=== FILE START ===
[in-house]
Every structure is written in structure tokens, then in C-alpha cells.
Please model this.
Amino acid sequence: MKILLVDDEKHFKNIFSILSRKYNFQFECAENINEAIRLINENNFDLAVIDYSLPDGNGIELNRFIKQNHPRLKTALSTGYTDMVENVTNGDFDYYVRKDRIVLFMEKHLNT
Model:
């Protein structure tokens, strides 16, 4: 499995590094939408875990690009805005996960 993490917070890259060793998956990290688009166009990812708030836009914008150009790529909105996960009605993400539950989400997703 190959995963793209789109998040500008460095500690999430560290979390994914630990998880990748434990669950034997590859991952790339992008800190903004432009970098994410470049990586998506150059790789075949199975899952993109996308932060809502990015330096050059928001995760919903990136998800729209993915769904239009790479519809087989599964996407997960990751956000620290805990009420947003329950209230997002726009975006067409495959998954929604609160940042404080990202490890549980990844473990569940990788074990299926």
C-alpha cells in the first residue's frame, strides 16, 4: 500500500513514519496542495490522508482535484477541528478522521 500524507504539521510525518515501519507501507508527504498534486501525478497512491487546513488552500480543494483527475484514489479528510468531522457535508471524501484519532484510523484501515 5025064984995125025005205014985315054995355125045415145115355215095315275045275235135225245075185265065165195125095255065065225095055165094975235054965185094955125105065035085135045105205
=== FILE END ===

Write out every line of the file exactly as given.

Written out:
[in-house]
Every structure is written in structure tokens, then in C-alpha cells.
Please model this.
Amino acid sequence: MKILLVDDEKHFKNIFSILSRKYNFQFECAENINEAIRLINENNFDLAVIDYSLPDGNGIELNRFIKQNHPRLKTALSTGYTDMVENVTNGDFDYYVRKDRIVLFMEKHLNT
Model:
């Protein structure tokens, strides 16, 4: 499995590094939408875990690009805005996960 993490917070890259060793998956990290688009166009990812708030836009914008150009790529909105996960009605993400539950989400997703 190959995963793209789109998040500008460095500690999430560290979390994914630990998880990748434990669950034997590859991952790339992008800190903004432009970098994410470049990586998506150059790789075949199975899952993109996308932060809502990015330096050059928001995760919903990136998800729209993915769904239009790479519809087989599964996407997960990751956000620290805990009420947003329950209230997002726009975006067409495959998954929604609160940042404080990202490890549980990844473990569940990788074990299926």
C-alpha cells in the first residue's frame, strides 16, 4: 500500500513514519496542495490522508482535484477541528478522521 500524507504539521510525518515501519507501507508527504498534486501525478497512491487546513488552500480543494483527475484514489479528510468531522457535508471524501484519532484510523484501515 5025064984995125025005205014985315054995355125045415145115355215095315275045275235135225245075185265065165195125095255065065225095055165094975235054965185094955125105065035085135045105205